It’s probable that the U.S. economy is no longer the world’s largest. New World Bank figures, notes economist Arvind Subramanian of the Peterson Institute, suggest that sometime in 2014 China will overtake the United States in gross domestic product — the production of goods and services.
We knew this day was coming, but if the World Bank figures are correct, it has arrived sooner than many experts predicted. Using those figures — which stop at 2011 — I estimate that China’s GDP in 2014 will hit $16.8 trillion compared with $16.1 trillion for the United States. (All these figures are in “constant” 2011 dollars.)
This is a historic milestone, but its immediate significance is limited. It doesn’t make the Chinese richer than Americans, because China’s GDP is spread across many more people. Per capita GDP, a rough gauge of living standards, is about five times higher in the United States than in China, about $50,000 per person compared with $10,000. Similarly, China’s status as an economic powerhouse is well established, regardless of whether its GDP exceeds America’s or not. In 2012, it became the world’s largest trading nation, notes the McKinsey Global Institute.
Still, the World Bank figures are fascinating. In 2011, the U.S. economy still was larger than China’s. To get my updated estimate for this year, I adjusted both countries’ GDPs for economic growth in 2012 and 2013, plus a forecast for 2014. Because China is growing faster than the United States, its GDP overtakes America’s in 2014.
These numbers reflect broad trends, because measuring economies at varying stages of development and with separate currencies is difficult. The technique used here (called “purchasing power parity”) compares the value of similar items in different countries in an effort to get a common baseline. But huge variations “in tastes, cultures, climate, price structures [and] product availability” complicate the results, notes economist Timothy Taylor. Some economists use exchange rates to make comparisons, but this also involves serious distortions. By the math of exchange rates, China’s economy still remains smaller than America’s. (Taylor’s Web site explains the measurement problems.)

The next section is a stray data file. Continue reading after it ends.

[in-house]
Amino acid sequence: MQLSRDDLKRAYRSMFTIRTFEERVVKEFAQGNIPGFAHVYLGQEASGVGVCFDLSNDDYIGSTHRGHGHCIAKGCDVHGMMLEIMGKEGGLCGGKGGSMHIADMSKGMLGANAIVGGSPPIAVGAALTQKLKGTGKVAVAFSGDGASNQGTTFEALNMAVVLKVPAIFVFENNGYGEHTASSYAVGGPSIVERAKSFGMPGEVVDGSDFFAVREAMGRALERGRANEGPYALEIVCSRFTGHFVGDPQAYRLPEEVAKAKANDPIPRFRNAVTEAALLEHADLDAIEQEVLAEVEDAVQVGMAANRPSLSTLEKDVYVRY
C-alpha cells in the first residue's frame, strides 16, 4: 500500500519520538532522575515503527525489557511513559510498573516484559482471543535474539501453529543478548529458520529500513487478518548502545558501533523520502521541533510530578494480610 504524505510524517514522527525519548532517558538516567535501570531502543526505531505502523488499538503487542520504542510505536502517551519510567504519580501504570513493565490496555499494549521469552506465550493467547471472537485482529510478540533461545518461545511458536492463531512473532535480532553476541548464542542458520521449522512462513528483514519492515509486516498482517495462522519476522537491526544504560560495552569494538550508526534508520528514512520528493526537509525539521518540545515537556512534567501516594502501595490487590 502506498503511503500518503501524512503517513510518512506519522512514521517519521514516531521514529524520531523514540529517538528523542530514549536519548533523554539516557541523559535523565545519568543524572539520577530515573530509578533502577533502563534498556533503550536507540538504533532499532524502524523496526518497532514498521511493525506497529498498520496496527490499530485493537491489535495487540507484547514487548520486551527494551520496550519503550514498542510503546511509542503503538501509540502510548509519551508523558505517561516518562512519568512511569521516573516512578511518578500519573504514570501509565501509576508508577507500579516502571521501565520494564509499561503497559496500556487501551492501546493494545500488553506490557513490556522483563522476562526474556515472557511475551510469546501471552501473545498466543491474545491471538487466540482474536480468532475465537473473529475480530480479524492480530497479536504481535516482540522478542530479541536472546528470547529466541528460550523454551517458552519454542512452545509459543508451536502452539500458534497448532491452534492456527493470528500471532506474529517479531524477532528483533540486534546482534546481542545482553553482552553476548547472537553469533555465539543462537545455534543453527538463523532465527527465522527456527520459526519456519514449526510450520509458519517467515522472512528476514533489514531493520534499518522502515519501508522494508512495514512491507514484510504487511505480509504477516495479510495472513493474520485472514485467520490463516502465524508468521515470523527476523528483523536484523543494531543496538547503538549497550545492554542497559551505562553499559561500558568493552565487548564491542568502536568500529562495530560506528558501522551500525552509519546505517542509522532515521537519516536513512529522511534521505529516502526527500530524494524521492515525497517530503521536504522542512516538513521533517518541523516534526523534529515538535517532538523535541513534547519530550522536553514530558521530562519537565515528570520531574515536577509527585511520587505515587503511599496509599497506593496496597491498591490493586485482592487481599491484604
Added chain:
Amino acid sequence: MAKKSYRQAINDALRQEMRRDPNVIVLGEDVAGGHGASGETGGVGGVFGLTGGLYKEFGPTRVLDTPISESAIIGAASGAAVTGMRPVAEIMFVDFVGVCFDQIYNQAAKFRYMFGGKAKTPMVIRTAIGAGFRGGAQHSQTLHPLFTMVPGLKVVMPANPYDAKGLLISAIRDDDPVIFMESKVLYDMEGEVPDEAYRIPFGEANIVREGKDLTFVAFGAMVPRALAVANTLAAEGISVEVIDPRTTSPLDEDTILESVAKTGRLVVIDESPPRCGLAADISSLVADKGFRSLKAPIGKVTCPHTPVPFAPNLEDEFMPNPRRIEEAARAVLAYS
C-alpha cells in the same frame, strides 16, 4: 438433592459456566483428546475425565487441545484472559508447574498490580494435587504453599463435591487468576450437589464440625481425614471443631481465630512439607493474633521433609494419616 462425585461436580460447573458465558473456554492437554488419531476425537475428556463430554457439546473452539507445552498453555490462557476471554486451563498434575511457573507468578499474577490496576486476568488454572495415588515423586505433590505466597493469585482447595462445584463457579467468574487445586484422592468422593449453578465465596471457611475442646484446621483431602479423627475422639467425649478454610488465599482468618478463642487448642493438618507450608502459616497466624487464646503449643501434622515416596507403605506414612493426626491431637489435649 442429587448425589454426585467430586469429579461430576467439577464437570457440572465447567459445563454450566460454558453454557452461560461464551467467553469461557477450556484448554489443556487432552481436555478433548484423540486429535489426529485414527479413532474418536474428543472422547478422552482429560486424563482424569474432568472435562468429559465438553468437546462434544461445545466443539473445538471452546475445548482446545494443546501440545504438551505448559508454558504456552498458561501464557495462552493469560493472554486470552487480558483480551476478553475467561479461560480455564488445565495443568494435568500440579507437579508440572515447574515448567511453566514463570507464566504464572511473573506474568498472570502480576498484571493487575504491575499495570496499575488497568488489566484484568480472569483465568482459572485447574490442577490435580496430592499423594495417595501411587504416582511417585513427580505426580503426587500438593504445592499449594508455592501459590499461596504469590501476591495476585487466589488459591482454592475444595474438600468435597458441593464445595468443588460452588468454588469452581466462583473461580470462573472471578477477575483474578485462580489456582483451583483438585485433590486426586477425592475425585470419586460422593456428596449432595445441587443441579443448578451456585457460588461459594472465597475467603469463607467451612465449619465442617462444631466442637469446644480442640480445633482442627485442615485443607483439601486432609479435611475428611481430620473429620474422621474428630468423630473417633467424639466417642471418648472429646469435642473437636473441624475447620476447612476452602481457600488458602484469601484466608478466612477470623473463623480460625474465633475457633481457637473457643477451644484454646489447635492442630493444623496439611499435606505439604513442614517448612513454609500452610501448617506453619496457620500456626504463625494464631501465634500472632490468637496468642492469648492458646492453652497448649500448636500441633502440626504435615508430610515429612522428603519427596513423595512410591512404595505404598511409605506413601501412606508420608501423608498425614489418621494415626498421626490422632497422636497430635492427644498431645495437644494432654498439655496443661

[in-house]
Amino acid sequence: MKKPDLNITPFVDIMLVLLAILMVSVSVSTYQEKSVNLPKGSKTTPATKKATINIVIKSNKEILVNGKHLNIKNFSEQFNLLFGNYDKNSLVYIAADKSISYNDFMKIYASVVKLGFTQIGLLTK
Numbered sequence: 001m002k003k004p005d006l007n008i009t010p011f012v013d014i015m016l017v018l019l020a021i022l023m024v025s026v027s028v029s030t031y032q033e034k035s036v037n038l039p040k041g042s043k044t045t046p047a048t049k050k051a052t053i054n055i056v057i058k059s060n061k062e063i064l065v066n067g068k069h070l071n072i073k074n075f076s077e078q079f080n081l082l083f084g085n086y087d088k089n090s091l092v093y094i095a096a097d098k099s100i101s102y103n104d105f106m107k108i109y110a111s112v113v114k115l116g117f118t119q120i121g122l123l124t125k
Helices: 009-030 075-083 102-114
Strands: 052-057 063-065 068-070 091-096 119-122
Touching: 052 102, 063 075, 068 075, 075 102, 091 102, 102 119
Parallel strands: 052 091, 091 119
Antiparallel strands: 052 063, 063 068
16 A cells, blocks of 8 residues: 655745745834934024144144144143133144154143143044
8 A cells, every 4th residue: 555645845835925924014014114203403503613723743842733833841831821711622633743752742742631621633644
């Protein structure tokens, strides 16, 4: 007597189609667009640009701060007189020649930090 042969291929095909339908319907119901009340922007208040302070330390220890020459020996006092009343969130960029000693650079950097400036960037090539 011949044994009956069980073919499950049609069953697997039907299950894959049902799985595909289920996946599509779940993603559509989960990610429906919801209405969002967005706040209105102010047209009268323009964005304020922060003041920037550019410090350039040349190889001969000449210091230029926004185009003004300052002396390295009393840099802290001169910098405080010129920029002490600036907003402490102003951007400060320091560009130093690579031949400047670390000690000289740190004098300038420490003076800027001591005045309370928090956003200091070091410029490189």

The numbers also raise profound issues. Perhaps the biggest involves the nature of global geopolitics. The U.S. and Chinese worldviews contrast starkly.
The lesson that Americans drew from the Great Depression and World War II was that U.S. isolationism in the 1920s and the 1930s had contributed to both. Post-World War II American foreign policy has presumed that U.S. leadership is necessary for a more peaceful and prosperous world. The American idea is that if countries could become more like the United States — democratic and affluent — global conflicts would subside. U.S. military power, from the creation of NATO in 1949 to the “war on terrorism,” has aimed to minimize security threats to this economic vision.
Unlike the United States, China does not seek to remake the world in its own image. China wants a global system that supports its strong domestic economic growth, which is viewed as crucial to maintaining the Communist Party’s grip on power. Export markets should remain open; China should have easy access to the oil, grains and minerals its economy needs. “Beijing still sees its actions and policies from the narrow perspective of national self-interest rather than its role as a leader,” writes Cornell University economist Eswar Prasad in the Wall Street Journal. For example, the United States hasn’t won much Chinese support in its efforts to curb North Korea’s and Iran’s nuclear programs.
These two worldviews have coexisted uneasily, but as China becomes more prosperous, the competition is bound to intensify. Economic power — the ability to confer advantages or disfundadvantages on other countries and to influence global markets and investment flows — is slowly shifting in China’s favor. Conflicts seem inevitable.